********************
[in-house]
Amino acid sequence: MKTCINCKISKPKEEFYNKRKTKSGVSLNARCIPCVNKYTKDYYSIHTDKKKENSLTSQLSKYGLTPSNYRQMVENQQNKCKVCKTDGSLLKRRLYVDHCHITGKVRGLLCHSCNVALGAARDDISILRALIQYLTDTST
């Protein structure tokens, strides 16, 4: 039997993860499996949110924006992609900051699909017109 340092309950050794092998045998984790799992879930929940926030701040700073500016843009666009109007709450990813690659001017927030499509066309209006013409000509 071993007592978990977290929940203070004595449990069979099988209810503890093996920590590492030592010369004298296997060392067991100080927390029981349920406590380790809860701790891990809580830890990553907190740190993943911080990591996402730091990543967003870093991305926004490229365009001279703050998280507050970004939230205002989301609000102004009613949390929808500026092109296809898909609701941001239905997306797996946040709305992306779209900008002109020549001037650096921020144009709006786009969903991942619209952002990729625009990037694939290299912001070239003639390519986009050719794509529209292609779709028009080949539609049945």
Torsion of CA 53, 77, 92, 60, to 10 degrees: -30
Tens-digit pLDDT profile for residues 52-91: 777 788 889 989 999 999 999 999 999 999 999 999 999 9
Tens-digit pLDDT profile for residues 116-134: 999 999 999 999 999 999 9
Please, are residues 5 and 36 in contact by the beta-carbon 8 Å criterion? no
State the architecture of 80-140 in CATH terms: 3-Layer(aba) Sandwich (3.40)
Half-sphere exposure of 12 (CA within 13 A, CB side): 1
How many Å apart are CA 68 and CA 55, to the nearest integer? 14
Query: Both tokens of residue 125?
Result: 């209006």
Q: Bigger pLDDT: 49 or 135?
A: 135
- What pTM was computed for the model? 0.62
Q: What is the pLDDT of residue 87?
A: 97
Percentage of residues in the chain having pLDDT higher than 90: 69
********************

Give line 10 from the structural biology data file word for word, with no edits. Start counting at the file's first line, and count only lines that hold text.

How many Å apart are CA 68 and CA 55, to the nearest integer? 14